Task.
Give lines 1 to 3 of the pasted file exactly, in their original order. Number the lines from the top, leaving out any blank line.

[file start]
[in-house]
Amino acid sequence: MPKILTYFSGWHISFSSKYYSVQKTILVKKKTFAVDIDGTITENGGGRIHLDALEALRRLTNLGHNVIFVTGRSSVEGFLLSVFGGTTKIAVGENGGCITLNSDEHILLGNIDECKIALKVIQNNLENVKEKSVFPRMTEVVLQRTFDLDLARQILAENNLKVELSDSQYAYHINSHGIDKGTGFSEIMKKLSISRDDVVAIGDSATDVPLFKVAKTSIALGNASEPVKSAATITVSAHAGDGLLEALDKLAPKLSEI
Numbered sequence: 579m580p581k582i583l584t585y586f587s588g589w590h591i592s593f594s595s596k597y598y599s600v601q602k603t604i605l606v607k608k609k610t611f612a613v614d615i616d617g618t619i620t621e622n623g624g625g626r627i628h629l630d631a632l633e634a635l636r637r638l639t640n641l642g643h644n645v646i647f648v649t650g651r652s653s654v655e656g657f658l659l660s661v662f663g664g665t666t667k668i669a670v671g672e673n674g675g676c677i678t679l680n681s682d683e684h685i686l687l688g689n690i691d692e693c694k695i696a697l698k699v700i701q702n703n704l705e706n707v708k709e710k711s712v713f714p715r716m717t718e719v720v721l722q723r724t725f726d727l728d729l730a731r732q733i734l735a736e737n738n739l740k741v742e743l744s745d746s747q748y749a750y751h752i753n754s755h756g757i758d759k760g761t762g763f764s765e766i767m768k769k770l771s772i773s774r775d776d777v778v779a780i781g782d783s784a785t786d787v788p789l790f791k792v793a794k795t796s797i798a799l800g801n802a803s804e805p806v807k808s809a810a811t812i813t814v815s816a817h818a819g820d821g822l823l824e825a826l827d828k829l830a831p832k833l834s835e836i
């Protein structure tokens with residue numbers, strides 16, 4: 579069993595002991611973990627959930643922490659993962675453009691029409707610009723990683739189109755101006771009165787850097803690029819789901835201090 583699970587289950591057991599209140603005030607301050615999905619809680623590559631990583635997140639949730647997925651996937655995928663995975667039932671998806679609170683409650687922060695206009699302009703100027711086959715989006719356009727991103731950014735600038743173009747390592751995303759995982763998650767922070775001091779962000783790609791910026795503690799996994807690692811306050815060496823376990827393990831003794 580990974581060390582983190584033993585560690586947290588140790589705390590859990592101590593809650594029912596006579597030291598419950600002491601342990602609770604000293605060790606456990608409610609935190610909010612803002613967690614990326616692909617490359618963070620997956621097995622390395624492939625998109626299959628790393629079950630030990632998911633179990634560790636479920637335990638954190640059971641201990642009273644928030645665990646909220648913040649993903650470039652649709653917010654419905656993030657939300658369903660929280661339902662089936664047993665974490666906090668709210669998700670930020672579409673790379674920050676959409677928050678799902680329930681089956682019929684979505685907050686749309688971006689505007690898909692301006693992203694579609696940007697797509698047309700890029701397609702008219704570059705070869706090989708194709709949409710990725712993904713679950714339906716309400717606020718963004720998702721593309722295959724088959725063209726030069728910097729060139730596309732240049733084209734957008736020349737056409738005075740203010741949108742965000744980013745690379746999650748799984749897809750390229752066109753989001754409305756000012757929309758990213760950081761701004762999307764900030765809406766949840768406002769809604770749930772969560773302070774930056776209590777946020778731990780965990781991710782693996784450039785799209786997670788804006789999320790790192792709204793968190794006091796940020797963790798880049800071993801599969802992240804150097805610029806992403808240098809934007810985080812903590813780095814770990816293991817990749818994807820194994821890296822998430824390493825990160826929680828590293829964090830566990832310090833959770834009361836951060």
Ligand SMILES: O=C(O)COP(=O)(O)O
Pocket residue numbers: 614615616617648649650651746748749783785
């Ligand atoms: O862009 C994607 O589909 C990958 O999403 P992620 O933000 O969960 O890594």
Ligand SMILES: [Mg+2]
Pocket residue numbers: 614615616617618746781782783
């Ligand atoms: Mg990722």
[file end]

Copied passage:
[in-house]
Amino acid sequence: MPKILTYFSGWHISFSSKYYSVQKTILVKKKTFAVDIDGTITENGGGRIHLDALEALRRLTNLGHNVIFVTGRSSVEGFLLSVFGGTTKIAVGENGGCITLNSDEHILLGNIDECKIALKVIQNNLENVKEKSVFPRMTEVVLQRTFDLDLARQILAENNLKVELSDSQYAYHINSHGIDKGTGFSEIMKKLSISRDDVVAIGDSATDVPLFKVAKTSIALGNASEPVKSAATITVSAHAGDGLLEALDKLAPKLSEI
Numbered sequence: 579m580p581k582i583l584t585y586f587s588g589w590h591i592s593f594s595s596k597y598y599s600v601q602k603t604i605l606v607k608k609k610t611f612a613v614d615i616d617g618t619i620t621e622n623g624g625g626r627i628h629l630d631a632l633e634a635l636r637r638l639t640n641l642g643h644n645v646i647f648v649t650g651r652s653s654v655e656g657f658l659l660s661v662f663g664g665t666t667k668i669a670v671g672e673n674g675g676c677i678t679l680n681s682d683e684h685i686l687l688g689n690i691d692e693c694k695i696a697l698k699v700i701q702n703n704l705e706n707v708k709e710k711s712v713f714p715r716m717t718e719v720v721l722q723r724t725f726d727l728d729l730a731r732q733i734l735a736e737n738n739l740k741v742e743l744s745d746s747q748y749a750y751h752i753n754s755h756g757i758d759k760g761t762g763f764s765e766i767m768k769k770l771s772i773s774r775d776d777v778v779a780i781g782d783s784a785t786d787v788p789l790f791k792v793a794k795t796s797i798a799l800g801n802a803s804e805p806v807k808s809a810a811t812i813t814v815s816a817h818a819g820d821g822l823l824e825a826l827d828k829l830a831p832k833l834s835e836i